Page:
For device manufacturers and sellers, the website represents another source of information to monitor for possible challenges ahead.

Unidentified tipsters — from disgruntled former employees to plaintiffs’ attorneys — may now use a simple internet form to allege that a medical device manufacturer violated Food and Drug Administration (FDA) regulations. On October 21, FDA’s Center for Devices and Radiological Health (CDRH) unveiled a new website for reporting allegations of regulatory misconduct. The website expressly solicits reports of violations of FDA regulations, rather than reports of alleged problems with the use of a device.

CDRH previously announced that one of its 2016-2017 strategic priorities is to “[p]romote a culture of quality and organizational excellence.” The new website continues the work CDRH was already doing — collecting reports of regulatory violations and, where appropriate, initiating enforcement actions. For device manufacturers and sellers, the website represents another source of information to monitor for possible challenges ahead.

CDRH Website

The CDRH website allows anyone to make an anonymous allegation of regulatory misconduct. We expect to see reports coming from competitors, dissatisfied personnel, former consultants and anyone with an axe to grind, including lawyers who are bringing or investigating legal claims. CDRH lists examples of potential regulatory violations that may be reported, including:

  • failure to submit required safety reports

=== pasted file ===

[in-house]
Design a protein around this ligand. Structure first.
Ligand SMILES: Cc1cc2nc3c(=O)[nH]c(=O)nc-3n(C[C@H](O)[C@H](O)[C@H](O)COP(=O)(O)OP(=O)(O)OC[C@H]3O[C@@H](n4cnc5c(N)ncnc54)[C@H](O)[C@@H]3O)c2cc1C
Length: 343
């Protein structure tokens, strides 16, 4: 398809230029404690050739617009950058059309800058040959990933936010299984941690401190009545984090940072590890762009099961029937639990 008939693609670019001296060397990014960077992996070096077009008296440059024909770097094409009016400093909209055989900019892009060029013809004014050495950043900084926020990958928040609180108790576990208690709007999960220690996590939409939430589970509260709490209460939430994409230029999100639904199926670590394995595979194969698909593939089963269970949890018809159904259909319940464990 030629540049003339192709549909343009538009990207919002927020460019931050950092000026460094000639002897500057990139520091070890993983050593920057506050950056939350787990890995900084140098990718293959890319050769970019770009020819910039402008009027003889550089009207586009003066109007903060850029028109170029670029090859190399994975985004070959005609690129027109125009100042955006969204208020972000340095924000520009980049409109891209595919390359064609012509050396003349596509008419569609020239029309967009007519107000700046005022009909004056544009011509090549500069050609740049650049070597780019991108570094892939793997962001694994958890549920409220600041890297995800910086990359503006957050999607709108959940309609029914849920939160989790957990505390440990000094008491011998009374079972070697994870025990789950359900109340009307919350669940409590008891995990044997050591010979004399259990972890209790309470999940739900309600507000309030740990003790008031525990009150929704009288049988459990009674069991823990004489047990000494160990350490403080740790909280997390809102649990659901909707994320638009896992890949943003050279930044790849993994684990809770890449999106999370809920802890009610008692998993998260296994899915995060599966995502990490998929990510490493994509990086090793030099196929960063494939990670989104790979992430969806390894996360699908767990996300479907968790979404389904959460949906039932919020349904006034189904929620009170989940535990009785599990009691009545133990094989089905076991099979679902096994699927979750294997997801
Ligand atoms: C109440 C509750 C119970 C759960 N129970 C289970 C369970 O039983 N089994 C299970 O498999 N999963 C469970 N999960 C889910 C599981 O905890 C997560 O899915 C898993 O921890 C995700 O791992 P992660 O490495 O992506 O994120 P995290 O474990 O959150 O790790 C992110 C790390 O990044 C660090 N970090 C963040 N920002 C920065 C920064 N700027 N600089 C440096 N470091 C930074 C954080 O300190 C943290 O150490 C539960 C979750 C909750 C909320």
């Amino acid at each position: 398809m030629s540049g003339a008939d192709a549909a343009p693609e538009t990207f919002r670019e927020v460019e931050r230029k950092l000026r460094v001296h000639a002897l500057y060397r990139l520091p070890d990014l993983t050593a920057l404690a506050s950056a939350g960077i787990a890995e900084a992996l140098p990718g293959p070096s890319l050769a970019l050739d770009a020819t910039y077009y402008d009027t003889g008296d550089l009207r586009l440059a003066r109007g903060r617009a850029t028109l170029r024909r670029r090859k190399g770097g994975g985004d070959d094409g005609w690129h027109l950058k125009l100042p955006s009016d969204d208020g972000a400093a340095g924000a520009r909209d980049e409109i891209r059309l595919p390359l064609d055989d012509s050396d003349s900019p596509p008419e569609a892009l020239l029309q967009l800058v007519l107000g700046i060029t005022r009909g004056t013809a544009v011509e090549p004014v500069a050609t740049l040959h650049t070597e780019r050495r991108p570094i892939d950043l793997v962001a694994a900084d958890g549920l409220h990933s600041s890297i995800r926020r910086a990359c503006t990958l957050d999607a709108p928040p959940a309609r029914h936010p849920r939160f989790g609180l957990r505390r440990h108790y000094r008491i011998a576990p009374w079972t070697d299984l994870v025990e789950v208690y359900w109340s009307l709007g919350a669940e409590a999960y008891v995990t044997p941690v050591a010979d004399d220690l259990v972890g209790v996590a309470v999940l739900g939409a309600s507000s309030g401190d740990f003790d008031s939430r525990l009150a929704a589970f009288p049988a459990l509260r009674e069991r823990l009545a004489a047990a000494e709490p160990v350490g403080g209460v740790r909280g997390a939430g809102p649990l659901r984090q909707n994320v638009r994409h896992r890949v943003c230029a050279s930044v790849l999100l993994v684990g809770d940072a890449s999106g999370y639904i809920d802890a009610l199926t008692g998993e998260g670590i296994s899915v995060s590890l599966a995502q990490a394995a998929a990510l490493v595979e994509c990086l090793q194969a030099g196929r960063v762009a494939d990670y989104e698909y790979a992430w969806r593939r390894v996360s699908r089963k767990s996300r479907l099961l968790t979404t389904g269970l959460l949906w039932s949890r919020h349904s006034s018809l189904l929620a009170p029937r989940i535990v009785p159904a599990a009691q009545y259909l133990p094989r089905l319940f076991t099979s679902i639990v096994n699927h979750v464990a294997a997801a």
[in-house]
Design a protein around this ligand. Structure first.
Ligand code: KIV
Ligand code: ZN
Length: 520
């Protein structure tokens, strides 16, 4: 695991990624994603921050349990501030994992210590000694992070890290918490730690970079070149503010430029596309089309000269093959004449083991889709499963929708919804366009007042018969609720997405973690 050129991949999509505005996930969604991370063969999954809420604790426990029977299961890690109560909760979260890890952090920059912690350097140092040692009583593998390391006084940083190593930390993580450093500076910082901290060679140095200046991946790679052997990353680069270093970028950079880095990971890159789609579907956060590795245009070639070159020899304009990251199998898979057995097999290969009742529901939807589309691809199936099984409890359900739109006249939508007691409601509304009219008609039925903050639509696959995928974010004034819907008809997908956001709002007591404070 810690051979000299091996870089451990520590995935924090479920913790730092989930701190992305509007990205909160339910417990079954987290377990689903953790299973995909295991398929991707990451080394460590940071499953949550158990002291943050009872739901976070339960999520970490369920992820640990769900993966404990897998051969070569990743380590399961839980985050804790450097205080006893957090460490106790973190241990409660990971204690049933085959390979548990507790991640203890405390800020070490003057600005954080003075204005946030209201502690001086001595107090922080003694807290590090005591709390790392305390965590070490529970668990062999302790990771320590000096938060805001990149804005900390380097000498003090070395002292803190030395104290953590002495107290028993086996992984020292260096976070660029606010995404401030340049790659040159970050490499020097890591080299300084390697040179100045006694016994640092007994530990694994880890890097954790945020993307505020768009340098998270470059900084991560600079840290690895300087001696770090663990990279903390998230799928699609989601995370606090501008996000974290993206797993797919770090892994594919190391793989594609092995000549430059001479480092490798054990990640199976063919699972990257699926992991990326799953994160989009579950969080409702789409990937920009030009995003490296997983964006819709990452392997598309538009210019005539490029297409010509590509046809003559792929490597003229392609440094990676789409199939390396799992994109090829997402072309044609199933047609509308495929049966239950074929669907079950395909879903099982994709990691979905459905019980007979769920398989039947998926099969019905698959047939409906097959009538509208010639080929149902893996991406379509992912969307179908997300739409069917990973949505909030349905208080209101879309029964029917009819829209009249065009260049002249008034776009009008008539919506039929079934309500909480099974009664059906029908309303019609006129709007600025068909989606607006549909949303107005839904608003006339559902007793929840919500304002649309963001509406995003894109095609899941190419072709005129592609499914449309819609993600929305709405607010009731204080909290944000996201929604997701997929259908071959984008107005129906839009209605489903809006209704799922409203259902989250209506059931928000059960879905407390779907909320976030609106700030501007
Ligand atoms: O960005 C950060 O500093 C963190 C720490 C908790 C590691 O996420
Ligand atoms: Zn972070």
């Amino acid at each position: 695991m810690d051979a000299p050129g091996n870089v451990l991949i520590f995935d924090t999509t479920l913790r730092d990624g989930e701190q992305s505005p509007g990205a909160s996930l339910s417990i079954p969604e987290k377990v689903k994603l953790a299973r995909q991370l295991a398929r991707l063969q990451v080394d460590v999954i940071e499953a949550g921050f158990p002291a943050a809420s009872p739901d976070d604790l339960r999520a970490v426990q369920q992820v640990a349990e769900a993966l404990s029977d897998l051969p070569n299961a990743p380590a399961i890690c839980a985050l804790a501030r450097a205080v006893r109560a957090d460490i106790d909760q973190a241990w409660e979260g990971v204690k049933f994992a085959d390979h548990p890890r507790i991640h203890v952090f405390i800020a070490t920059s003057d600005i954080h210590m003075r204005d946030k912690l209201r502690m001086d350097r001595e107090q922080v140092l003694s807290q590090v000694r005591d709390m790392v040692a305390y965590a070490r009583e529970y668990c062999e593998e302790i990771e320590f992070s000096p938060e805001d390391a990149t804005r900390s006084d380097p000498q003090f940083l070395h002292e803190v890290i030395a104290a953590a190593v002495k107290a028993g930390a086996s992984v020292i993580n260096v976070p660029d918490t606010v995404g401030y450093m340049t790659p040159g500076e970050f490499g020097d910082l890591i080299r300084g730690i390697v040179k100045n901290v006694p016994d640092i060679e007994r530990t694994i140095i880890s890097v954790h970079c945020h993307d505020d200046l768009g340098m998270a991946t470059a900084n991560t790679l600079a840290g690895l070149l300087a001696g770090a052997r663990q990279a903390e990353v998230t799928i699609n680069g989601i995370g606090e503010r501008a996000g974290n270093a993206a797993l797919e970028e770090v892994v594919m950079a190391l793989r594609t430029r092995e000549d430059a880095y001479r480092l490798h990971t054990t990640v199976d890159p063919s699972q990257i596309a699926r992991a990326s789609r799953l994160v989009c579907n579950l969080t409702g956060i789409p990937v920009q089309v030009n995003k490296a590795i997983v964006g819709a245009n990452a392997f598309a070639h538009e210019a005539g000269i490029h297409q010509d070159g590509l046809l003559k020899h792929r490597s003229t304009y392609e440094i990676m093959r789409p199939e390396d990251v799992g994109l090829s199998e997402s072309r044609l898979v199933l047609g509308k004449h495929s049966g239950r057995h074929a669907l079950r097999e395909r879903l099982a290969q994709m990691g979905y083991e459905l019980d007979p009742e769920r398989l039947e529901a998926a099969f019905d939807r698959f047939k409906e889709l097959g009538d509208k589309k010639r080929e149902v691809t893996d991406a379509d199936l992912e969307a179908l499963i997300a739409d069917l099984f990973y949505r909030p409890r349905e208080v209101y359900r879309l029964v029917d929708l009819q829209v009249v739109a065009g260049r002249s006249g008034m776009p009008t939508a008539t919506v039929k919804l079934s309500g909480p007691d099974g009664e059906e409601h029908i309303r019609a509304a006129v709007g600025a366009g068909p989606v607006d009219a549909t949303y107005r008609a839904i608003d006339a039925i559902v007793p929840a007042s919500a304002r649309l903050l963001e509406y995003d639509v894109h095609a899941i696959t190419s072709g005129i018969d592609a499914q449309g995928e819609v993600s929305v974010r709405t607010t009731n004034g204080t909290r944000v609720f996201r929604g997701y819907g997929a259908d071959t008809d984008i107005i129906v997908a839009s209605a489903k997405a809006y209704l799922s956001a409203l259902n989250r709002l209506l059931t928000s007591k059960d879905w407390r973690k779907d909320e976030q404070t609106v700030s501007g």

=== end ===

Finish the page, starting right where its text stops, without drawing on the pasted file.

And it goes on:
• failure to follow quality system requirements

  • marketing uncleared or unapproved products

  • failure to register and list a medical device

  • failure to follow import and export regulations.

CDRH also says that allegations could involve a manufacturer that “knowingly deceives the FDA.”1

Reporting parties may submit a description of the alleged conduct via a one-page “Allegations of Regulatory Misconduct” form online. CDRH even says that it will review incomplete forms.2

CDRH will prioritize reports based on the nature of the allegations and risks posed to patients. After reviewing a report, CDRH could take enforcement action, ask a company for more information, or monitor the allegation via medical device reports (MDRs), new complaints, inspections, etc.3

The website is not for reporting possible device-related adverse events. Those should continue to be reported via the MedWatch adverse event reporting website.

What Effect Will CDRH’s Website Have on Enforcement Actions?

CDRH’s receipt of claims of regulatory misconduct is not new. In 2012 and 2013, CDRH’s Allegations of Regulatory Misconduct Branch received 558 and 682 reports of misconduct, respectively.4 Allegations related most frequently to promotion and advertising, quality systems, and unapproved or uncleared devices. In 2012, the claims resulted in 24 warning letters and, in 2013, 12 warning letters.5 These numbers suggest that CDRH seldom verifies spontaneous reports of regulatory misconduct. But CDRH identified regulatory violations through other means (including its own monitoring activities), issuing 210 warning letters in 20126 and 217 warning letters in 2013.7

FDA recognizes the limitations of passive surveillance systems. FDA’s MAUDE database, which maintains MDRs of possible device-related adverse events, cautions users that the database may contain “incomplete, inaccurate, untimely, unverified, or biased data.”8 The same may be said of CDRH’s website for collecting allegations of regulatory misconduct.

Takeaways for Manufacturers

Requests to FDA for records of completed investigations regarding allegations of regulatory misconduct may be made through the Freedom of Information Act.9 Manufacturers should consider making regular and ongoing requests to monitor what is reported. This will allow manufacturers to know what information is available for plaintiffs’ attorneys to use to potentially disparage or take action against a company. And, where manufacturers face litigation, they may monitor for litigation-stimulated reports. Despite the potential risks that such information presents, manufacturers may also gain insight into how CDRH makes regulatory decisions and decides when to take action.